Seven boys between the ages of 14 and 19 in the U.S. reportedly developed chest pain and heart inflammation within four days of receiving a second dose of the Pfizer/BioNTech COVID vaccine, according to a new study published today in Pediatrics.
All were healthy enough to be sent home after two to six days in the hospital and are ‘’doing pretty well,’’ said Dr. Preeti Jaggi, an Emory University infectious disease specialist who co-authored the report.
Jaggi said more follow-up is needed to determine how the seven fare, but it’s likely the heart changes were temporary.
Only one of the seven boys in the Pediatrics report displayed evidence of a possible previous COVID infection, and doctors determined none of them had a rare inflammatory condition linked with COVID or pre-existing conditions.
“I think we’re in the waiting period where we need to see whether this is cause-and-effect or not,” said John Grabenstein of the Immunization Action Coalition, a former director of the U.S. Department of Defense’s immunization program.
It is possible myocarditis or pericarditis may be an additional rare adverse event related to systemic reactogenicity, but currently no causal association has been established between this vaccine and myopericarditis, the authors concluded.
Myocarditis is inflammation of the heart muscle that can lead to cardiac arrhythmia and death. According to researchers at the National Organization for Rare Disorders, myocarditis can result from infections, but “more commonly the myocarditis is a result of the body’s immune reaction to the initial heart damage.”
A search in the Vaccine Adverse Events Reporting System (VAERS) revealed 628 cases of myocarditis and pericarditis, among all age groups reported in the U.S following COVID vaccination between Dec.14, 2020 and May 28, 2021. Of the 628 cases reported, 392 cases were attributed to Pfizer, 206 cases to Moderna and 27 cases to J&J’s COVID vaccine.
Of the 628 total cases of heart inflammation reported to VAERS, 40 cases occurred in children ages 12 to 17, all were attributed to Pfizer’s vaccine.
On June 2, Israeli health officials announced they had found a “probable” link between Pfizer’s vaccine — which the country has relied on almost exclusively in its vaccination drive — and dozens of cases of heart inflammation in young men following the second dose.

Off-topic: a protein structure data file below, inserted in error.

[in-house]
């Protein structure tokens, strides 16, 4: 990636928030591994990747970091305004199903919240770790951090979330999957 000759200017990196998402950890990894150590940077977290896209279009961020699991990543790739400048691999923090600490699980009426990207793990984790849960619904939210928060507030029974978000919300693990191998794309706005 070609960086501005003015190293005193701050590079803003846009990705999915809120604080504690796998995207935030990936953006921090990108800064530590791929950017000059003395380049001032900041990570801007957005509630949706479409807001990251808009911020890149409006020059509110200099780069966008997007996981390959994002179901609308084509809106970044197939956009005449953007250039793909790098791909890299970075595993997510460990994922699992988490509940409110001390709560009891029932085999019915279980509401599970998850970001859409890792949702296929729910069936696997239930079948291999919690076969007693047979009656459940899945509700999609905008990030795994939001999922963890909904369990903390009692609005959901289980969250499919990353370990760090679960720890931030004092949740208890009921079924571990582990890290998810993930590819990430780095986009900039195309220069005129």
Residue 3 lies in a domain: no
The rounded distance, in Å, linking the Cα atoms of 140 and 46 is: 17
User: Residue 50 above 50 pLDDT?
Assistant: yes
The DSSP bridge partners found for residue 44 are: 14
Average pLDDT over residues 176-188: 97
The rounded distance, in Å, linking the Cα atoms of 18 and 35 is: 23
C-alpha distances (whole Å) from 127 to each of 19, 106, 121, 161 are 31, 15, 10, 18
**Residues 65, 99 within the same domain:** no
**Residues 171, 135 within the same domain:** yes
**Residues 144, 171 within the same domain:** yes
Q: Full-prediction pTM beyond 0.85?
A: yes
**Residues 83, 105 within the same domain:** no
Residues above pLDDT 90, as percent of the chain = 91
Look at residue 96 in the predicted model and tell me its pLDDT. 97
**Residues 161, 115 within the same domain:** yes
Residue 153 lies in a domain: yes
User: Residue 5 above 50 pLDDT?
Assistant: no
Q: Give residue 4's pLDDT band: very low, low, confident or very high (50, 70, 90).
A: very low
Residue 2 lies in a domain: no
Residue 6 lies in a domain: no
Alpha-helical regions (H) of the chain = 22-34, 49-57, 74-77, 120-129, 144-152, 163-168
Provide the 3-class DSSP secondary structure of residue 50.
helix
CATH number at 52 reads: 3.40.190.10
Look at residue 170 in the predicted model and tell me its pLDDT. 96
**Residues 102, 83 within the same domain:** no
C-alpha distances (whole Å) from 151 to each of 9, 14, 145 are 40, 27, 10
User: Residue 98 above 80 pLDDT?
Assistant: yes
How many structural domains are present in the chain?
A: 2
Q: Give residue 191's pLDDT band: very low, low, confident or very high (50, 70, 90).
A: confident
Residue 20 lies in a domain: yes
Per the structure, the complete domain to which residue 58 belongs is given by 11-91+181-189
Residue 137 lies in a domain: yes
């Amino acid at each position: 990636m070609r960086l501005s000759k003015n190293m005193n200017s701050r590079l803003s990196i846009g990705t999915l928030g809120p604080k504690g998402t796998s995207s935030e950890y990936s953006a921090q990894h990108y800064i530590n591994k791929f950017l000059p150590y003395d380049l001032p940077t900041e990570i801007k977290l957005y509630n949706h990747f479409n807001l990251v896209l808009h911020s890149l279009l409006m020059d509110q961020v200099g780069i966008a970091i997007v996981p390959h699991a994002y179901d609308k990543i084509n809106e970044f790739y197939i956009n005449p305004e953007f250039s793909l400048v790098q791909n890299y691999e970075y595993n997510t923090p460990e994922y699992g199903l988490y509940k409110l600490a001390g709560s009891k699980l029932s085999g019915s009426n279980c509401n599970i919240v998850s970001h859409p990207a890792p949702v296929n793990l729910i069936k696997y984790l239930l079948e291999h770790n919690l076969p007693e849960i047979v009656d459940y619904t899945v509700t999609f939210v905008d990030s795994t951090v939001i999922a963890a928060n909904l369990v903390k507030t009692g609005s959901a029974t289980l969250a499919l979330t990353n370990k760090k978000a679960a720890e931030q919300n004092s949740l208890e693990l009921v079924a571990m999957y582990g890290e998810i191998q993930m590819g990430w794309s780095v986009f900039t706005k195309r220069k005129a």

According to a study by Israeli health officials, there were 275 cases of myocarditis identified in Israel between December 2020 and May 2021, including 148 cases that occurred within a month after vaccination. Of those 148 cases, 27 occurred after the first dose and 121 after the second dose. About half of the cases involved people with previous medical conditions.
Many of the cases were reported among men 16 to 30, and most often in 16- to 19-year-olds. Most of the patients were discharged from the hospital in less than four days, and 95% of the cases were considered mild.
“There is a likelihood of a connection between receiving a second dose of vaccine and the onset of myocarditis in young men aged 16-30,” the group of experts concluded. “The connection is stronger in young people aged 16-19 compared to other ages and it decreases as age increases.”
As The Defender reported May 10, EU regulators called on Pfizer and Moderna to provide additional data related to the companies’ COVID vaccines and a potential link to heart inflammation after the agency completed a safety review of all four COVID vaccines authorized for emergency use in the EU.
As a prevention, PRAC requested Pfizer provide further data, including an analysis of events according to age and gender, in its next pandemic summary safety report before regulators could determine if any other regulatory action is needed.
On May 24, the Centers for Disease Control and Prevention (CDC) announced it was investigating reports that some teenagers and young adults vaccinated against COVID may have experienced heart problems.
The CDC’s Advisory Committee on Immunization Practices in a May 17 statement said reports of myocarditis to date seemed to occur predominantly in adolescents and young adults, more often in males than females, more often following the second dose and typically within four days after vaccination. Most cases appeared to be “mild” and follow-up is ongoing.
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